IDEAS home Printed from
MyIDEAS: Log in (now much improved!) to save this paper

China's hunt for oil in Africa in perspective

Listed author(s):
  • Zhang, ZhongXiang

China is concerned about the security of its sea-lanes for imports and desires to diversify its oil supplies from the Middle East in order to sustain economic growth. These concerns have sparked China’s interest in trying to ensure oil supplies from as many sources as possible and in reducing its overwhelming reliance on seaborne imports of oil, which, in China’s view, is considered less vulnerable to disruption than oil arriving by tankers. In this context, China has turned the eyes on the emerging oil and gas fields in Africa. Through its high-profile oil diplomacy, China has been successful in developing its access to African oil and gas resources. However, China’s oil diplomacy in Africa has been roundly criticized in Western capitals. Washington increasingly perceives that Beijing’s ties to the so-called rogue states undermine the U.S. goals of isolating or punishing these states that fail to prompt democracy, limit nuclear proliferation or respect human rights. This paper argues that China’s hunt for oil in Africa has been exaggerated by partly-informed commentators, sometimes based on erroneous information, not to mention those that deliberately paint the distorted picture. That said, the paper suggests that, in pursuing its oil diplomacy, Beijing should take into account many factors including Washington concerns, in particular when U.S. concerns also reflect those of a large section of the international community. The paper points out that devoting more resources to build a better future for all and help to eliminate the fear of another Rwanda or Darfur is a positive form that Beijing should take in its engagement with Africa. This way of engagement would be considered more positive by the broad community of states, and helps to enhance China’s security of energy supply and at the same time would significantly reduce one source of tension with Washington. Overall, it will greatly benefit Africa as well as China.

If you experience problems downloading a file, check if you have the proper application to view it first. In case of further problems read the IDEAS help page. Note that these files are not on the IDEAS site. Please be patient as the files may be large.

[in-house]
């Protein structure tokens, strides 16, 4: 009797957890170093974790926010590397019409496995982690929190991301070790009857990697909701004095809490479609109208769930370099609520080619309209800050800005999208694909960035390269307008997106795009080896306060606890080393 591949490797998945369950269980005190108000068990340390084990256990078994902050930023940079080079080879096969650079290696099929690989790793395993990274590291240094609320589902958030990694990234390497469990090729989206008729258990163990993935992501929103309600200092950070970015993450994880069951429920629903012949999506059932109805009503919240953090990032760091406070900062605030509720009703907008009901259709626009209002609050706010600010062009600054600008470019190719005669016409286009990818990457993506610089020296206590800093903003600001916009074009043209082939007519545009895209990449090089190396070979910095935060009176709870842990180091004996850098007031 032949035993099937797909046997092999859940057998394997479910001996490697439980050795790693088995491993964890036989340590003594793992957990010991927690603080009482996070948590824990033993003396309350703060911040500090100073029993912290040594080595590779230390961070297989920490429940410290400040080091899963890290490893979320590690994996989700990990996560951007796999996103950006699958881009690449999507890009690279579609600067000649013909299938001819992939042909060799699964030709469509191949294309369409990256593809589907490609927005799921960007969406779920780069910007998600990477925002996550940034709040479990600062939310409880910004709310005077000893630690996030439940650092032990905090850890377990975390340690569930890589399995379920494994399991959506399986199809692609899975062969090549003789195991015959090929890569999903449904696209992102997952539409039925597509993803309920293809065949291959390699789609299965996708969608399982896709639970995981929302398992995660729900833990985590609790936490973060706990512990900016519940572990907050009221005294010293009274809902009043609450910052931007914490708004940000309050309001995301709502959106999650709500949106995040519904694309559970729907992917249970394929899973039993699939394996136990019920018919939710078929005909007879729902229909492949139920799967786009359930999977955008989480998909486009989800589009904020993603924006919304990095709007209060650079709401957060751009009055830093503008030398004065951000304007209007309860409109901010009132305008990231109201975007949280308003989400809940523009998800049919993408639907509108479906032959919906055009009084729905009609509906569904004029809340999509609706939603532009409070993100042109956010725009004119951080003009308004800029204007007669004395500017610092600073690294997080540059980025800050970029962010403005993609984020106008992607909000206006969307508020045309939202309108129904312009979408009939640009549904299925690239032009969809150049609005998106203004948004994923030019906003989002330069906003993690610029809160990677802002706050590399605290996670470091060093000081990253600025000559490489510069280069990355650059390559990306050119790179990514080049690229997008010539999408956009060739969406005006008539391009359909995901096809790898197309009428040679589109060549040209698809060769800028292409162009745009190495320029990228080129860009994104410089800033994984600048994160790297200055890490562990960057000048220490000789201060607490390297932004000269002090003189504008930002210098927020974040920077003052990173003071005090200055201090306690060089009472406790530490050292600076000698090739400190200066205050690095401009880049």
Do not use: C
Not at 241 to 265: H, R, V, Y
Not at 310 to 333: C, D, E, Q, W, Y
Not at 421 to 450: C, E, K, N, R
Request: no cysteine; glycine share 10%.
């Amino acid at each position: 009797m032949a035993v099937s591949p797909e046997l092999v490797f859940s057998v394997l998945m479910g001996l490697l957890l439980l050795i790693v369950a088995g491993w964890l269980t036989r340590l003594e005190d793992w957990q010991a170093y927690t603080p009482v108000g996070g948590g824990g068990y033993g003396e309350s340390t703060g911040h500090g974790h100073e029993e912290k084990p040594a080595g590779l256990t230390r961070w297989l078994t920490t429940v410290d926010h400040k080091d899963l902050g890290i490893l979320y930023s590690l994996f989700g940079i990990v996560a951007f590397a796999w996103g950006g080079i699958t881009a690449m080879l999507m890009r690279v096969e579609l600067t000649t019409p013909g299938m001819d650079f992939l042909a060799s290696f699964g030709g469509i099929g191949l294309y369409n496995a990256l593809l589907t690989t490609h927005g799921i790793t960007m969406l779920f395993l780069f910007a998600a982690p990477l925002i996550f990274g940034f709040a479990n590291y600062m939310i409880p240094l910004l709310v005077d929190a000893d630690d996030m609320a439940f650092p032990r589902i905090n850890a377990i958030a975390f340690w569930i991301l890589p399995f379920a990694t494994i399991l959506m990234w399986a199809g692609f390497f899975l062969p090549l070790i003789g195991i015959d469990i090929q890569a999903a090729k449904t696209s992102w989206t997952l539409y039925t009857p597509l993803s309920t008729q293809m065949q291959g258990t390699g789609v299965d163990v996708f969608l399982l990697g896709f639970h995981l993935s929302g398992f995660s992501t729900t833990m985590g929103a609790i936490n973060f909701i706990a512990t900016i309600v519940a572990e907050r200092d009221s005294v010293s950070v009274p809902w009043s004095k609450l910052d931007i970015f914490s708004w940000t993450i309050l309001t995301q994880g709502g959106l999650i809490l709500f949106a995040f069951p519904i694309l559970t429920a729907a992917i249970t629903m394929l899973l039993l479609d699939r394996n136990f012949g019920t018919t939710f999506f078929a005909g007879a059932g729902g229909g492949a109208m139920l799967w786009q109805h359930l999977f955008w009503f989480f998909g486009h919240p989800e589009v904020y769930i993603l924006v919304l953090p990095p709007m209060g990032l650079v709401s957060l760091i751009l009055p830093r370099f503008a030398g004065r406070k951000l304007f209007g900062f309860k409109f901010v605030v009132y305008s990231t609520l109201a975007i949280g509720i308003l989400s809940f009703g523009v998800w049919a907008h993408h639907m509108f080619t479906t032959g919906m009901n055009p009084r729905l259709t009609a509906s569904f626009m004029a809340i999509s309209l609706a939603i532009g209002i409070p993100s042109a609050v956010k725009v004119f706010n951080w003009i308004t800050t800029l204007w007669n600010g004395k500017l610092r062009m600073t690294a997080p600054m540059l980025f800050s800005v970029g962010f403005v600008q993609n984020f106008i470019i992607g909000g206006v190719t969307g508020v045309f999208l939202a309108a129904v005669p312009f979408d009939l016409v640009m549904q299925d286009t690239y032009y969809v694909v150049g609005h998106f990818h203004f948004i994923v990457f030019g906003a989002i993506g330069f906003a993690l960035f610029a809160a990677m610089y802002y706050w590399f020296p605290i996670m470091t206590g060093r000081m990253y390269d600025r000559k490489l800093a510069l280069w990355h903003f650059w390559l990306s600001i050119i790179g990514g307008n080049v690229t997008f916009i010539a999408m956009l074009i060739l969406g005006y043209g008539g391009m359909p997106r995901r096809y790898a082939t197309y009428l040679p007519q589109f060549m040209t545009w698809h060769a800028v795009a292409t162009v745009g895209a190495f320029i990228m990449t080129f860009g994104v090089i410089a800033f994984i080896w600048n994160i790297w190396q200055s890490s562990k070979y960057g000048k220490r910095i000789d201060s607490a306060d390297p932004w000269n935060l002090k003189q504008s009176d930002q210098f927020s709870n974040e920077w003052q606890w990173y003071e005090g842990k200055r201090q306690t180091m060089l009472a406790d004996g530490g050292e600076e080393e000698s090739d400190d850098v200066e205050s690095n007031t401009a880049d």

File URL:
File Function: original version
Download Restriction: no

Paper provided by University Library of Munich, Germany in its series MPRA Paper with number 12829.

in new window

Date of creation: Sep 2006
Handle: RePEc:pra:mprapa:12829
Contact details of provider: Postal:
Ludwigstraße 33, D-80539 Munich, Germany

Phone: +49-(0)89-2180-2459
Fax: +49-(0)89-2180-992459
Web page:

More information through EDIRC

No references listed on IDEAS
You can help add them by filling out this form.

This item is not listed on Wikipedia, on a reading list or among the top items on IDEAS.

When requesting a correction, please mention this item's handle: RePEc:pra:mprapa:12829. See general information about how to correct material in RePEc.

For technical questions regarding this item, or to correct its authors, title, abstract, bibliographic or download information, contact: (Joachim Winter)

If you have authored this item and are not yet registered with RePEc, we encourage you to do it here. This allows to link your profile to this item. It also allows you to accept potential citations to this item that we are uncertain about.

If references are entirely missing, you can add them using this form.

If the full references list an item that is present in RePEc, but the system did not link to it, you can help with this form.

If you know of missing items citing this one, you can help us creating those links by adding the relevant references in the same way as above, for each refering item. If you are a registered author of this item, you may also want to check the "citations" tab in your profile, as there may be some citations waiting for confirmation.

Please note that corrections may take a couple of weeks to filter through the various RePEc services.

This information is provided to you by IDEAS at the Research Division of the Federal Reserve Bank of St. Louis using RePEc data.